Narrator Dion Graham's softly-cadenced voice is the perfect foil for the tumultuous events of post-Civil War Reconstruction. Carefully differentiating Bartoletti's narrative from the first-hand accounts of freed slaves, former owners, and Confederate generals, Graham paints a disturbingly human picture of the Southern culture that gave birth to the KKK and its white supremacy movement.
Two men, one black and one white, grew up in the same neighborhood and had parallel military careers but never met until they were in their seventies. This true story illuminates both World War II and the nature of race in America.
Twenty-four beautifully crafted sonnets evoke Miss Crandall's mid-nineteenth century school in Connecticut: the students' fervor, the local vigilantes, and the school's ultimate fiery end. Subdued illustrations complement this important and little-known story.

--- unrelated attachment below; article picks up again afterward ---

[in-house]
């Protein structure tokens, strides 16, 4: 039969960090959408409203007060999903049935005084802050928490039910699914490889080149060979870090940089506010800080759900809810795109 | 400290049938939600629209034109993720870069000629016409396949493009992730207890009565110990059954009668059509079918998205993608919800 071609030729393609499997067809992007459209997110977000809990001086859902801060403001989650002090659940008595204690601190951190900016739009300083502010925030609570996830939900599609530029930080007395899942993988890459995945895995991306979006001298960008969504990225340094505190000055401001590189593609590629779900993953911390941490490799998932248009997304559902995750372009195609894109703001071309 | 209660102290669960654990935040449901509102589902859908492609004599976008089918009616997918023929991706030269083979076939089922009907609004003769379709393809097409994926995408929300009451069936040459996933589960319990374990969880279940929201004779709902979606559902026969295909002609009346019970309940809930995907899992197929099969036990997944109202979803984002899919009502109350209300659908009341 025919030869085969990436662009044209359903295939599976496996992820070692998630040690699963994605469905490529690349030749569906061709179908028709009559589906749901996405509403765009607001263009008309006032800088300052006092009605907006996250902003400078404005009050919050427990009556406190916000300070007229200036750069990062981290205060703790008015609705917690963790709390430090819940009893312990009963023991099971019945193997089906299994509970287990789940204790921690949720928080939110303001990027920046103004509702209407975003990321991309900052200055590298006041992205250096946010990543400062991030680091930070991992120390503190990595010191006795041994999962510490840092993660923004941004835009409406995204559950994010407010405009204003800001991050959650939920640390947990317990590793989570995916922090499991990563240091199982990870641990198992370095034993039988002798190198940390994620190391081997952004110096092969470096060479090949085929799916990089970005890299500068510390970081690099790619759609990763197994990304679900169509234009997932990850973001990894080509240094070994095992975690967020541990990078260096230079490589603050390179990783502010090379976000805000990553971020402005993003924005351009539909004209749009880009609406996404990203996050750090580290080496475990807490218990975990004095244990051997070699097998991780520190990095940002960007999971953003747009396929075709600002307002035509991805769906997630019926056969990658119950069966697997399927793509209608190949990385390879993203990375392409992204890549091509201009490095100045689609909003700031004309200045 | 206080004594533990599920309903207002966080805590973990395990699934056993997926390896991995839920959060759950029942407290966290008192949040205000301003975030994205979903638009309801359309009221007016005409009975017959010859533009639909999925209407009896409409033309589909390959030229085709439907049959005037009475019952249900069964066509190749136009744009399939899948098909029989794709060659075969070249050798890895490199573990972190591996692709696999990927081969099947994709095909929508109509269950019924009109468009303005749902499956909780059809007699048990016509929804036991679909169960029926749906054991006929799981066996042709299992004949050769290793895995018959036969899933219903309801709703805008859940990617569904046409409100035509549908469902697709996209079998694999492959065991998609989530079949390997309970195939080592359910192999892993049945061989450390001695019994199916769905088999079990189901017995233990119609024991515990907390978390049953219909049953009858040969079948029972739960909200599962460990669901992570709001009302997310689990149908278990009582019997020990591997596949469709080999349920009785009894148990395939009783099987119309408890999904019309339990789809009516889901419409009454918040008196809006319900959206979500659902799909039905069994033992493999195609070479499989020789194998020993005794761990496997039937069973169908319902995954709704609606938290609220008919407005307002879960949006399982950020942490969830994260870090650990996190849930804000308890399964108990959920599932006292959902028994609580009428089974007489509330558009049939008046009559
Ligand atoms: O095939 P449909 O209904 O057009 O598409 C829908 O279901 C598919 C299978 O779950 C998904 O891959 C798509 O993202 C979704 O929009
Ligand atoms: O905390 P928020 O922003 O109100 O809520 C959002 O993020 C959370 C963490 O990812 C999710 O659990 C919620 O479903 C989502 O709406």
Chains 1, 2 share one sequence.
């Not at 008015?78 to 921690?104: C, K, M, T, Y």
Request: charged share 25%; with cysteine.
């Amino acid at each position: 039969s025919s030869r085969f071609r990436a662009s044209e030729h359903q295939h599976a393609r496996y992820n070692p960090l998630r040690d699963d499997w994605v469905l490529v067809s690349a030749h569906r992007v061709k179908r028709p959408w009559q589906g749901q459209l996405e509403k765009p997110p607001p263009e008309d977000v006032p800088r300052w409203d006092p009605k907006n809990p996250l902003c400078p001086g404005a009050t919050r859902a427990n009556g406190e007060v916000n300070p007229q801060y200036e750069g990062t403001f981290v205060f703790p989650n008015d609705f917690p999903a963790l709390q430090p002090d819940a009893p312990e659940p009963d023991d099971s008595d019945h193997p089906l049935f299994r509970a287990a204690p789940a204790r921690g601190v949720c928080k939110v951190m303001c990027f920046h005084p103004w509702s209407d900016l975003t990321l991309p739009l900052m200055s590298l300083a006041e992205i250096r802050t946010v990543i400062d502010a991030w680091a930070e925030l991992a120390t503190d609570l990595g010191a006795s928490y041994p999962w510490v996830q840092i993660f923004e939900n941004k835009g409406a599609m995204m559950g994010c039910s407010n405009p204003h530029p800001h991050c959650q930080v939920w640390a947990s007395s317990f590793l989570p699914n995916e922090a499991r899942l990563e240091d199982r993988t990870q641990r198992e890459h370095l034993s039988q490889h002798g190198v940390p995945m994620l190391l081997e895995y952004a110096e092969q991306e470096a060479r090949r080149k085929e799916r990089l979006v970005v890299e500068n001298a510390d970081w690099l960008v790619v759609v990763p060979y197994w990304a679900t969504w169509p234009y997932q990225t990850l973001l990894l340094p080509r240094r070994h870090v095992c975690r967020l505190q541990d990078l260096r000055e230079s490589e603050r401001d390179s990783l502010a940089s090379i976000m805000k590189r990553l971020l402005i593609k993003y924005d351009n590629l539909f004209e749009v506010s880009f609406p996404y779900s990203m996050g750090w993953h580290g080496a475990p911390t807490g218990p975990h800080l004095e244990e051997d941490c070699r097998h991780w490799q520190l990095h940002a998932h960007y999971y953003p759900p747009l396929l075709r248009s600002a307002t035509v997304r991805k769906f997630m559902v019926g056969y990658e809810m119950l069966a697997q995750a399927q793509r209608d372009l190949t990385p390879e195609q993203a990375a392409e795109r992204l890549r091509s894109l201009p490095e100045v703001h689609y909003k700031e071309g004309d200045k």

Both traditional and fresh, lively and literary, this retelling features a brown-skinned child who travels through the winter woods to visit her ailing grandmother. Gorgeously detailed illustrations on oversized double-paged spreads are full of touches that extend the familiar story.
Rich with the interplay of light and shadow, dramatic oil paintings enhance the true story of Henry “Box” Brown and his successful attempt to mail himself from slavery in the South to freedom in the North.
This familiar poem is reset on a city basketball court where the Jabberwock is a gigantic player, and the ball goes "snicker-snack" as it drains the basket. Intense fiery colors, black silhouettes, and a bold typeface add excitement and drama.